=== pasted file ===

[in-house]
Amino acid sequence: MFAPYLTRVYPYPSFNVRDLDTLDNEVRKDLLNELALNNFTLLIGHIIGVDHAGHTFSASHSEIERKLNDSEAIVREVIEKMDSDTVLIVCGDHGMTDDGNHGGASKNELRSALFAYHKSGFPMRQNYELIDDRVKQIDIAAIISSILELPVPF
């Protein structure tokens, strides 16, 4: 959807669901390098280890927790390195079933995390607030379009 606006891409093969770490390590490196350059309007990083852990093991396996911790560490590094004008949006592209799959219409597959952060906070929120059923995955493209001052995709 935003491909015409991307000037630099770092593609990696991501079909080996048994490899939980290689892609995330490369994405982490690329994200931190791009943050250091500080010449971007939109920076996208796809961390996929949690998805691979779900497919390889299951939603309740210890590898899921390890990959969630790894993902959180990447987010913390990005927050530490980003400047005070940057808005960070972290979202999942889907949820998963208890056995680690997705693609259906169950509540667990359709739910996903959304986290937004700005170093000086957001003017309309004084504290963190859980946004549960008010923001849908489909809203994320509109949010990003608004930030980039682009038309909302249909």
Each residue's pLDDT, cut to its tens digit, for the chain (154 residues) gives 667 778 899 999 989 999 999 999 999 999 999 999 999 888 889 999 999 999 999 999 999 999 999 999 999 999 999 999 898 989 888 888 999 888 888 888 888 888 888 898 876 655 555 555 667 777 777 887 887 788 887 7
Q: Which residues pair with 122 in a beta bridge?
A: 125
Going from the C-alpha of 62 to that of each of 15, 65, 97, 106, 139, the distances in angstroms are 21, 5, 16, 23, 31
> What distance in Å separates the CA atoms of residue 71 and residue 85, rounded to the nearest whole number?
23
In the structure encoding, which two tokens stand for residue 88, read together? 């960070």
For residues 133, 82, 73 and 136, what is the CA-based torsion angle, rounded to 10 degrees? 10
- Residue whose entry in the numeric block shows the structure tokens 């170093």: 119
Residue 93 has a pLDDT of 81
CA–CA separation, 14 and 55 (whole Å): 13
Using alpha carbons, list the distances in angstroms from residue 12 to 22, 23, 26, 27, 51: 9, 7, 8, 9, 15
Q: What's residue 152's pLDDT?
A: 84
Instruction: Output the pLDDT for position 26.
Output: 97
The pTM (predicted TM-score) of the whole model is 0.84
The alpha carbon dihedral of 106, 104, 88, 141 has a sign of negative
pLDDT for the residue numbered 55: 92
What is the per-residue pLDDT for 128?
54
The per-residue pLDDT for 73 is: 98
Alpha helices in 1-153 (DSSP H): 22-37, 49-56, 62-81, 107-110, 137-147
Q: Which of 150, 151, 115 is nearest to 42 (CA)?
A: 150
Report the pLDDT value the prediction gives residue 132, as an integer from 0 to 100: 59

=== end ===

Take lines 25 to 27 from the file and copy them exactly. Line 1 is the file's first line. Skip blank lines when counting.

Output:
The per-residue pLDDT for 73 is: 98
Alpha helices in 1-153 (DSSP H): 22-37, 49-56, 62-81, 107-110, 137-147
Q: Which of 150, 151, 115 is nearest to 42 (CA)?